Meanwhile at Reds, Martin Barre’s Jethro Tull almost filled the venue to capacity, pulling in the punters with a mix of Tull classics and his solo work. The gathered masses cheered and clapped along to hits like Steel Monkey and Teacher, as well as newer songs including Road Less Travelled.
Next up on Reds were Dare, a rock band from Oldham fronted by Thin Lizzy’s keyboard player Darren Wharton. It’s only 3 pm, and the room was absolutely packed to hear Wharton (on vocals), Nigel Clutterbuck (bass), Vinnie Burns (guitar), Kev Whitehead (drums), and Marc Roberts (keyboards) play songs from their extensive back catalogue of 10 albums. What a show to catch in the early afternoon!
Also still going strong are Geordie, the Newcastle band that originally featured AC/DC vocalist Brian Johnson. They’re now fronted by Mark Wright, whose bubbly personality really shone between the songs. Their classic rock set was interspersed with jokes and laughs shared on stage and with the audience.
Before a break, the Centre Stage hosted another rock legend: Chris Slade. The drummer who’s played with AC/DC, Paul Rogers and Jimmy Page, David Gilmour, and Gary Moore, and his Timeline band kept the audience happy with various hits and stories from his past.
The day’s proceedings relaunched with the heavy riffs of Zal Cleminson’s SIN DOGS. He’s a master in his craft, a charismatic leader, insanely good guitarist, and unpredictable showman who owned the Centre Stage and the crowd. His set consisted mostly of songs from SIN DOGS’ debut album and was met with loud roars from the audience.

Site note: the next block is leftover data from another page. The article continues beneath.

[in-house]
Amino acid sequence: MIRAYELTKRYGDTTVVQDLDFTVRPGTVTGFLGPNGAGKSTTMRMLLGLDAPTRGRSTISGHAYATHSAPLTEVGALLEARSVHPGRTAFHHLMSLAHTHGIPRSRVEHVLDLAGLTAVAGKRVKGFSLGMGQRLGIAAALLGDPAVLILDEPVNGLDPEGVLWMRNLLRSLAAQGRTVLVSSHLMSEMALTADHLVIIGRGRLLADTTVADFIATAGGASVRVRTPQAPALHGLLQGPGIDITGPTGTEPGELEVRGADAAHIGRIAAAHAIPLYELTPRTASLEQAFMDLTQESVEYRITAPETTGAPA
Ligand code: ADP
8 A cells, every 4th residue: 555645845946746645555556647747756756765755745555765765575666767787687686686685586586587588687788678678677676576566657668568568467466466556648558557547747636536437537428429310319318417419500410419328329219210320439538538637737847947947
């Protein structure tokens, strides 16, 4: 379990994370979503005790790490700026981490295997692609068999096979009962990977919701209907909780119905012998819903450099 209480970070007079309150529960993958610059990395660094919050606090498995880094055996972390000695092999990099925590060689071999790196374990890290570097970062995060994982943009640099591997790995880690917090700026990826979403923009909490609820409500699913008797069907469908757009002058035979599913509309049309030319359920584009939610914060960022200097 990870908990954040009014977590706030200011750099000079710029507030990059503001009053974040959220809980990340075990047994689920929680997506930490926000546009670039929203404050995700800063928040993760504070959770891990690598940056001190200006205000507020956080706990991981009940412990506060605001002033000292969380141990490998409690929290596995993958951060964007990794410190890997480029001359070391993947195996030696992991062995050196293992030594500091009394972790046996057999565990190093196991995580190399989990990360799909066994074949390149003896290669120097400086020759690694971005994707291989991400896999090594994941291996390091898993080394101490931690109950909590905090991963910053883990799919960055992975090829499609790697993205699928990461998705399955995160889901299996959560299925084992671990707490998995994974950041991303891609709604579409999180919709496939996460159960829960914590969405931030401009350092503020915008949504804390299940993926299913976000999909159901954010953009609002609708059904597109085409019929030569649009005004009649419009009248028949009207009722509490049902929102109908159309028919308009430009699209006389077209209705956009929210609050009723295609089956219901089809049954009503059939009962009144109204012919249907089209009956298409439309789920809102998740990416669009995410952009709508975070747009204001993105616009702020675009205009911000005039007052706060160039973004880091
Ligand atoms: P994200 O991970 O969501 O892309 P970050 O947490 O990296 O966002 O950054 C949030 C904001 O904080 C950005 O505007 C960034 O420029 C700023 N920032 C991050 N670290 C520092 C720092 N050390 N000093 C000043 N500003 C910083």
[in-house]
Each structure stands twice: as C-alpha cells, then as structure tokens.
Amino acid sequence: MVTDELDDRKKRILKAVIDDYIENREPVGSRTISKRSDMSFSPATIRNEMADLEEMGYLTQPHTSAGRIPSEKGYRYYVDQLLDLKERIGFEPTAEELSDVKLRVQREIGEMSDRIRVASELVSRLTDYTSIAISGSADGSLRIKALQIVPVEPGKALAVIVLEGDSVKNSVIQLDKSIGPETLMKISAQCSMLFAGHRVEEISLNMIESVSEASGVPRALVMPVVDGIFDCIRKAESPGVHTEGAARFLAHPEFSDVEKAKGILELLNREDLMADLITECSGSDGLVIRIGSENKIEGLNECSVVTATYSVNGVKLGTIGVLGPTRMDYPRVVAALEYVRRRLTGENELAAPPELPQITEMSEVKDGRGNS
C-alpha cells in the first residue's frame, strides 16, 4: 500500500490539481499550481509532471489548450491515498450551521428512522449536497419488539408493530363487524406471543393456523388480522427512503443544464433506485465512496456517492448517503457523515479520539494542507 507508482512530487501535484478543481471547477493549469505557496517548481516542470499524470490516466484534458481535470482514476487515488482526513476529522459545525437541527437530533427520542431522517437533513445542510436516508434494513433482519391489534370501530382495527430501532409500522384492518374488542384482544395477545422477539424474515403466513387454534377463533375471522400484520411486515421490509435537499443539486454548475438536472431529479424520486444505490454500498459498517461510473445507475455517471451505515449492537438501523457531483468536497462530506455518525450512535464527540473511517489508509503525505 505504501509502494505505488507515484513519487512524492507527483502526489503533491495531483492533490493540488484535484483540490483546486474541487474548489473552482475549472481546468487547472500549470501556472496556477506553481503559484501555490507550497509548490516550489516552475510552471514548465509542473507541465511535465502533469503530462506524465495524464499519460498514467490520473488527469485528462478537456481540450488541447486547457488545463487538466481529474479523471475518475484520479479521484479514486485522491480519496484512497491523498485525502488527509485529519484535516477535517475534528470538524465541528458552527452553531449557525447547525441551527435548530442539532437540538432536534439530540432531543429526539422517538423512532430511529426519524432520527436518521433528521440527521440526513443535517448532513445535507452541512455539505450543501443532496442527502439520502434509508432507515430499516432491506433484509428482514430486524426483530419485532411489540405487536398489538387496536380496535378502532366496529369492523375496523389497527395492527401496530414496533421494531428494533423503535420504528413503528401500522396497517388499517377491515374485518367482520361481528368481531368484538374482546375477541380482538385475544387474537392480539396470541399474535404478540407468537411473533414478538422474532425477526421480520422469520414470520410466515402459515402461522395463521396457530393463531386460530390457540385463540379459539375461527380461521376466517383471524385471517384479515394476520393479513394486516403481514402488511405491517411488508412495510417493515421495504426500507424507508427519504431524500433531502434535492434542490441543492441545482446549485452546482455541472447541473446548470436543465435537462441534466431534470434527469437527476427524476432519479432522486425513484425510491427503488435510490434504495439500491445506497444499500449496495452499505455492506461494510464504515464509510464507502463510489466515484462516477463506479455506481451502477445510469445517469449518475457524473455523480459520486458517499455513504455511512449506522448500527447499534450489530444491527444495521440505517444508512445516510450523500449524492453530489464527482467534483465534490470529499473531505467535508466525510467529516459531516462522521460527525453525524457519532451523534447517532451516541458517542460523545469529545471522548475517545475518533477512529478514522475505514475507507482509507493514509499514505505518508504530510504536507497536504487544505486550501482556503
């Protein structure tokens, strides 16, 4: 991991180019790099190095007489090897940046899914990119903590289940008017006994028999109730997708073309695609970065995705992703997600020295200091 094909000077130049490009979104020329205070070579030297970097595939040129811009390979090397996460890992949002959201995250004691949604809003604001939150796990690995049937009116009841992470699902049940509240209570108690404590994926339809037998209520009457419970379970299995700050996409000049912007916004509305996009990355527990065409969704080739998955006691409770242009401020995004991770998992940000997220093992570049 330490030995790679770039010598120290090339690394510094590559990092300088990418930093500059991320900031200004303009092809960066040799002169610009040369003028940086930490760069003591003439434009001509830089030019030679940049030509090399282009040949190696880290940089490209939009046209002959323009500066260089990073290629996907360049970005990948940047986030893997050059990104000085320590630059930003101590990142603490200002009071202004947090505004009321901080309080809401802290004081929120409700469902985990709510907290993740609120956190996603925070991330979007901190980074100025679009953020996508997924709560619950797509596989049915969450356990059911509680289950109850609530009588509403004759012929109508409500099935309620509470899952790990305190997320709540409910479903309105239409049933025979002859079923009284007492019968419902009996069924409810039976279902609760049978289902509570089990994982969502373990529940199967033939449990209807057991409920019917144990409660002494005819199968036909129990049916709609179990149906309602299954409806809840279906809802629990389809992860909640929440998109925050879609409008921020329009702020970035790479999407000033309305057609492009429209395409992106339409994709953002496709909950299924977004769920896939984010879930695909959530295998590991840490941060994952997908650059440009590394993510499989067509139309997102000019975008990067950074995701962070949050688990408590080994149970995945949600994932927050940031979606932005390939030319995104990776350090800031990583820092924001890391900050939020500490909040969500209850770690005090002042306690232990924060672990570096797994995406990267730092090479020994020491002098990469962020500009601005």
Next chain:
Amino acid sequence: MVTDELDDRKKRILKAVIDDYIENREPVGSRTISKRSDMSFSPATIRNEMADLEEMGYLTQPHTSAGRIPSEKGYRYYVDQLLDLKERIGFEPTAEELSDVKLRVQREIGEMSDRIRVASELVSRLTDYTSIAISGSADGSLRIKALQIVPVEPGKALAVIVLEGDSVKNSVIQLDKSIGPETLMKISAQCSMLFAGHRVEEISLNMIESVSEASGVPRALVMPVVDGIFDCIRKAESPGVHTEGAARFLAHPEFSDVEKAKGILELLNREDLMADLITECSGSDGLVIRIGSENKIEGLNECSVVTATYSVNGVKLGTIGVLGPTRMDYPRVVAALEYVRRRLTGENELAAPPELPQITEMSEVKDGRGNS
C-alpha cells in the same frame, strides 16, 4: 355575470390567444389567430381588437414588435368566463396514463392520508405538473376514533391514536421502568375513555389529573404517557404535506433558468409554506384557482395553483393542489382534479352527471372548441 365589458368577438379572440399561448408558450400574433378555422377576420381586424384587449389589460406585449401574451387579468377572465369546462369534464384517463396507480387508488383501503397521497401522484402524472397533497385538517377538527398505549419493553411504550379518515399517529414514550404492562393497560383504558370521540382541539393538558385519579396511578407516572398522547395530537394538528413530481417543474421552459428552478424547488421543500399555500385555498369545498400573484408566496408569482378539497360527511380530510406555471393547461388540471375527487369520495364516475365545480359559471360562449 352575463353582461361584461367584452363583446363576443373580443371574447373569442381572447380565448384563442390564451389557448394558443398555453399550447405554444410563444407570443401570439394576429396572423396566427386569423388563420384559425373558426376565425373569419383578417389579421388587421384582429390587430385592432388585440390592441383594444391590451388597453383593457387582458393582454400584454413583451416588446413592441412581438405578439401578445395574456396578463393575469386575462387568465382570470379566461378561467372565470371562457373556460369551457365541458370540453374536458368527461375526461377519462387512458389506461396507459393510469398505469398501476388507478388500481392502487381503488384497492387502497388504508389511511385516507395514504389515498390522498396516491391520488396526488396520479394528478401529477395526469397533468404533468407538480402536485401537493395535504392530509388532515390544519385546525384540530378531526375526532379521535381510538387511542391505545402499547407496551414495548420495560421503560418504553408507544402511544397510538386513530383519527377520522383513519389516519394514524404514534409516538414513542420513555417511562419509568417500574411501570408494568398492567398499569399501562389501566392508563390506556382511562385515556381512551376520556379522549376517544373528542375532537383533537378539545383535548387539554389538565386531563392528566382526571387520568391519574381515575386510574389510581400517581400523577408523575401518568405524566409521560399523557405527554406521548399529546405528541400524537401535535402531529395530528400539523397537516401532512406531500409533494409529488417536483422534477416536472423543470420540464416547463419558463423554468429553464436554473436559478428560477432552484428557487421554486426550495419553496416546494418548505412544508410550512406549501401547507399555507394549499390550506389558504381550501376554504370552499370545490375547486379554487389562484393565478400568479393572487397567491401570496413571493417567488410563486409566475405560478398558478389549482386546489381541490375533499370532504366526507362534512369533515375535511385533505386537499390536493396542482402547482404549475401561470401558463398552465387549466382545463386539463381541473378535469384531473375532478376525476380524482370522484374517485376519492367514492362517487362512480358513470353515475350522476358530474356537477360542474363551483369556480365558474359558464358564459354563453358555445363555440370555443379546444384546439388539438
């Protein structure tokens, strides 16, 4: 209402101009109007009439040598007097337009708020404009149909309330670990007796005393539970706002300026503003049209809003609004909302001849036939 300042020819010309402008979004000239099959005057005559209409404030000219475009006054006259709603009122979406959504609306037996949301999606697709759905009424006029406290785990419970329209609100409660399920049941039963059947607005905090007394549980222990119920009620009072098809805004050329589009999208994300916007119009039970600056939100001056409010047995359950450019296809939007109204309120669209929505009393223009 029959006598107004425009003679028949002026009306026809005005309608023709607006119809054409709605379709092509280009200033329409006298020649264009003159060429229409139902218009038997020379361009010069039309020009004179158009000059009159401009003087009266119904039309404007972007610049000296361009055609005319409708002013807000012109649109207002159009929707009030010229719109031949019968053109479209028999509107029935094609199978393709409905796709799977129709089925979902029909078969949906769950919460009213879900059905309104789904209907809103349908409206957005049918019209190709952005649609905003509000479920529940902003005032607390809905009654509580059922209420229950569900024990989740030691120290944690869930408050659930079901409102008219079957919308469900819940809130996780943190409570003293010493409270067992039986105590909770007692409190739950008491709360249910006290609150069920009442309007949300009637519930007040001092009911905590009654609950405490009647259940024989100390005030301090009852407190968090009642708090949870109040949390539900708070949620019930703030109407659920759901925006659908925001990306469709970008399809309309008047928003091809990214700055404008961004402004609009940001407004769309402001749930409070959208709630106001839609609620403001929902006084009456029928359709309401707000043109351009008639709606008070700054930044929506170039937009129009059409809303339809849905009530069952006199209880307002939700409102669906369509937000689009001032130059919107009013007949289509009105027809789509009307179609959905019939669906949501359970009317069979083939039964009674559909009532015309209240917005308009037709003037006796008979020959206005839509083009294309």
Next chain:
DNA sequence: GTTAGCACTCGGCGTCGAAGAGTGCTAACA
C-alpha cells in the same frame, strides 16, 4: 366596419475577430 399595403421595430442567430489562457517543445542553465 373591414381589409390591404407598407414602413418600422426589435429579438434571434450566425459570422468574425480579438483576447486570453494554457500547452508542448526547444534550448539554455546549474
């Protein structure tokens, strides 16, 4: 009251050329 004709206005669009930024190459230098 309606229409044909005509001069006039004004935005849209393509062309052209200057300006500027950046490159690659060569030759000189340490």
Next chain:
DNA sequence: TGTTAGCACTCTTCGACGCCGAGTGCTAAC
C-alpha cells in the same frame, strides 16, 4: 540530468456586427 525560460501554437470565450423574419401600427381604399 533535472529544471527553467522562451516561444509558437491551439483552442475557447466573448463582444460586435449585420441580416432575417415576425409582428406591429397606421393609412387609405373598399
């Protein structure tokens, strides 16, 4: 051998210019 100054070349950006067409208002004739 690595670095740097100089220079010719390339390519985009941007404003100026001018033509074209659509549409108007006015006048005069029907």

Simultaneously, the Reds reopened with Rhino’s Revenge, the London-based rock band featuring John ‘Rhino’ Edwards of Status Quo on bass and lead vocals, Jim Kirkpatrick on lead guitar, and Richard Newman on drums. They played mostly Status Quo tunes, including Lucinda and Gravy Train.
Back at Centre Stage, the venue was now packed and looked like it was under siege with Sweet fans eagerly awaiting the arrival of the glam rock legends from London. The eager punters, who began singing long before the band stepped into the light, weren’t left disappointed as their heroes performed classics like Ballroom Blitz.
Saturday night closed with Oliver Dawson /Saxon at Reds and Willie & The Bandits on the Centre Stage. The latter band, featuring Wille Edwards (guitars/vocals), Matt Brooks (on a six-string bass), and Andy Naumann (drums), served up polished licks and sweet tunes that lit up the night. A breathtaking cover of Santana’s Black Magic Woman and very emotional take on Angel were undoubted highlights.
Sunday kicked off with Black Whiskey (another 2018 Introducing Stage winner) on the Centre Stage and, over at Reds, South Wales’ Man served up their psychedelic blues rock hits like C’mon, Many Are Called and Spunk Box.